In the most interesting news about the launch, the Unlimited catalog–which features 600,000 ebooks and 2,000 audiobooks–automatically includes self-published works that authors have listed in Amazon’s exclusive program, KDP Select. However, any author who wishes to unenroll from KDP Select to avoid including his titles in Kindle Unlimited may do so immediately, without having to wait for the ninety day period.

Amazon representatives told Good e-Reader this morning: “There are many self-published titles in the catalog. If you have a book enrolled in KDP Select, it will automatically be enrolled in Kindle Unlimited. If you do not want your books in Kindle Unlimited, you have the option to immediately remove your book from KDP Select. To do so, please include the ASIN for your book when you complete this Contact Us form. We will remove your book from KDPS right away and contact you to confirm. You can see our forum post on the announcement for KDP authors here: https://kdp.amazon.com/help?topicId=AA9BSAGNO1YJH.”

Self-published authors will be compensated in much the same way as they are when consumers borrow their books through the Kindle Owners’ Lending Library. When Kindle Unlimited customers read at least ten percent of an indie author’s book through the service, that will count as a “read” for compensation from the KDP Select Global Fund, just as if a non-member had borrowed the title through KOLL.

As an added incentive for membership, readers who join Kindle Unlimited will also be given a free three-month membership to Audible to try out their catalog of over 150,000 audiobooks. Full details on the service and the free trials can be found at amazon.com/KindleUnlimited.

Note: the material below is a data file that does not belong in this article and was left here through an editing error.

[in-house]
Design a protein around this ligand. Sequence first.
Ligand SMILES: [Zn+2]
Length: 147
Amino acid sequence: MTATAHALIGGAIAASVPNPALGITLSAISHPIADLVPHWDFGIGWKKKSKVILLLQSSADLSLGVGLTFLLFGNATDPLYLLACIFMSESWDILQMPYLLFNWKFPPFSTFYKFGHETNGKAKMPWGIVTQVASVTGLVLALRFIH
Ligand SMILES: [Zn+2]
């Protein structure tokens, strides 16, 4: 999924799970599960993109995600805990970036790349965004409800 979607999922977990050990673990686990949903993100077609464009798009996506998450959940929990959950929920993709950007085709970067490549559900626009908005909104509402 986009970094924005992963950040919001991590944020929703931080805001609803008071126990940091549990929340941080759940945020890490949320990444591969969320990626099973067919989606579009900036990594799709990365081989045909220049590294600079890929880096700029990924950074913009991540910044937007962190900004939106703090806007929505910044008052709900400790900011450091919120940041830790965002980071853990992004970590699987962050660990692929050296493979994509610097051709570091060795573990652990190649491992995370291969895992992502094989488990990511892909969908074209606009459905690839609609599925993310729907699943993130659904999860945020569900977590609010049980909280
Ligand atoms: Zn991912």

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Subscribers to the Amazon Prime Instant Video service have longed for an Android app that would work on devices other than the proprietary Kindle Fire tablets (and oddly, iOS-based tablets which are already supported as well). Fortunately it appears that the release of an actual Android app is ‘imminent’ (according to their Marketing Director, Russell Morris).

Amazon Prime Instant Video Service is a subscription-based service not unlike those offered by Netflix or Hulu Plus. Customers are able to rent and purchase movies and television content as well as accessing a library of free titles available for instant streaming. While each service has strengths and weaknesses, Netflix has traditionally come out ahead when it comes to having a simple user interface and high quality feeds –but Amazon has announced they soon intend to support 4K Ultra HD (UHD), which would help level that playing field. Hulu Plus has content the fastest (with minimal commercial interruption) while Netflix has more original series –though Amazon recently cut a deal with HBO to deliver their original series shows, something their competitors have been unable to achieve.

No specifics have been given regarding which Android devices will be supported by the app and there isn’t a confirmed release date.

Do you have a preferred subscription service for streaming movies and television shows (or are you like me and require more than one to satisfy your multimedia needs)?

Categories : Android News
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News was announced yesterday from the lawyers for the plaintiffs in one of Apple’s side lawsuits over ebook pricing that the grand total the company could have to pay out to consumers is $400 million. This amount was disclosed after the terms of the settlement were released following Judge Denise Cote’s approval of the settlement.